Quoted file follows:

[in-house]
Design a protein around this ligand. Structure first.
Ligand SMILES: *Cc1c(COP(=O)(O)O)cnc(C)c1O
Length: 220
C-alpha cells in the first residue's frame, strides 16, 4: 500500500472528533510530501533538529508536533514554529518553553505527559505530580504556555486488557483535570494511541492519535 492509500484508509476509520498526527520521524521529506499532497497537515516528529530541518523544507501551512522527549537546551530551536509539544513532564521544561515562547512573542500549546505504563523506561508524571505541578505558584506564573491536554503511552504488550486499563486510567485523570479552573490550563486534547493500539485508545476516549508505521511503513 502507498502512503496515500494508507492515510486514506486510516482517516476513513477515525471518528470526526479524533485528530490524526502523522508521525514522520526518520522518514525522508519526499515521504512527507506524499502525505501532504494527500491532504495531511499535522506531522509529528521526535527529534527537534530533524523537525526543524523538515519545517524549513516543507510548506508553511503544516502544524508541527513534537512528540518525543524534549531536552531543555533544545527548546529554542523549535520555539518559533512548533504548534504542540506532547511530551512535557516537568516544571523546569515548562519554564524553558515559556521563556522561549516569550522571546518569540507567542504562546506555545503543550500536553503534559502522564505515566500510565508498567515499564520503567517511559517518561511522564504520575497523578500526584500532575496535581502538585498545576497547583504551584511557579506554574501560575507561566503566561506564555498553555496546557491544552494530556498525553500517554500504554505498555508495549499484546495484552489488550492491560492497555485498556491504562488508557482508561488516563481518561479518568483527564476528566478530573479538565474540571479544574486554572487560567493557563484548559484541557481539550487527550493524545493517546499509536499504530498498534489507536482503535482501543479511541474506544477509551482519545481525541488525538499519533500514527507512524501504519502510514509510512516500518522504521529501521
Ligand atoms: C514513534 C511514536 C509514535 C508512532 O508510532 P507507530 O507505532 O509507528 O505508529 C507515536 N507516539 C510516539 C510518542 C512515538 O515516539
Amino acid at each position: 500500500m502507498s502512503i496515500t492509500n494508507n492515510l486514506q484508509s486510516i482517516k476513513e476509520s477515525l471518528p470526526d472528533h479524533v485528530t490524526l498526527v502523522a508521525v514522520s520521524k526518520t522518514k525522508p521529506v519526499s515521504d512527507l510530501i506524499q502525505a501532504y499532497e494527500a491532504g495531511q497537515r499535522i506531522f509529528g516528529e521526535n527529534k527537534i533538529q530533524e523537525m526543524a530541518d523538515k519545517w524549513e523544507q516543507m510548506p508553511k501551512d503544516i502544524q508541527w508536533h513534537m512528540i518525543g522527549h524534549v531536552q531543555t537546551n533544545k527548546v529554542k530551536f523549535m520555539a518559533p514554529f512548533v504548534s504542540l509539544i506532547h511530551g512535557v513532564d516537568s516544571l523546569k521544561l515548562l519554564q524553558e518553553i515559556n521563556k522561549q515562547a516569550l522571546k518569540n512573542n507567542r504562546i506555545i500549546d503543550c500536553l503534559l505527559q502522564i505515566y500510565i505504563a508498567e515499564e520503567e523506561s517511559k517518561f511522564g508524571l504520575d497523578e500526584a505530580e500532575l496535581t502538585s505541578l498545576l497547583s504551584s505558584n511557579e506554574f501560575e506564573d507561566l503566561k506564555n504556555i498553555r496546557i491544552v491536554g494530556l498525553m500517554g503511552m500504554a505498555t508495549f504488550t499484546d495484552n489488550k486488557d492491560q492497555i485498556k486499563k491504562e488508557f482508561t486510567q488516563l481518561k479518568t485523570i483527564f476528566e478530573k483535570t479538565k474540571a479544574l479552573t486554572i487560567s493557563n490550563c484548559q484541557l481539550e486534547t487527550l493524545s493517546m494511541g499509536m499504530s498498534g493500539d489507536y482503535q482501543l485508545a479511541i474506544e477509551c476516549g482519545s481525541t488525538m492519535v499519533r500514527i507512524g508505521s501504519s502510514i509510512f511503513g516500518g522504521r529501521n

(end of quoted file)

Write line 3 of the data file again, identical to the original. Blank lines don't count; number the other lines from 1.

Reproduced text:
Ligand SMILES: *Cc1c(COP(=O)(O)O)cnc(C)c1O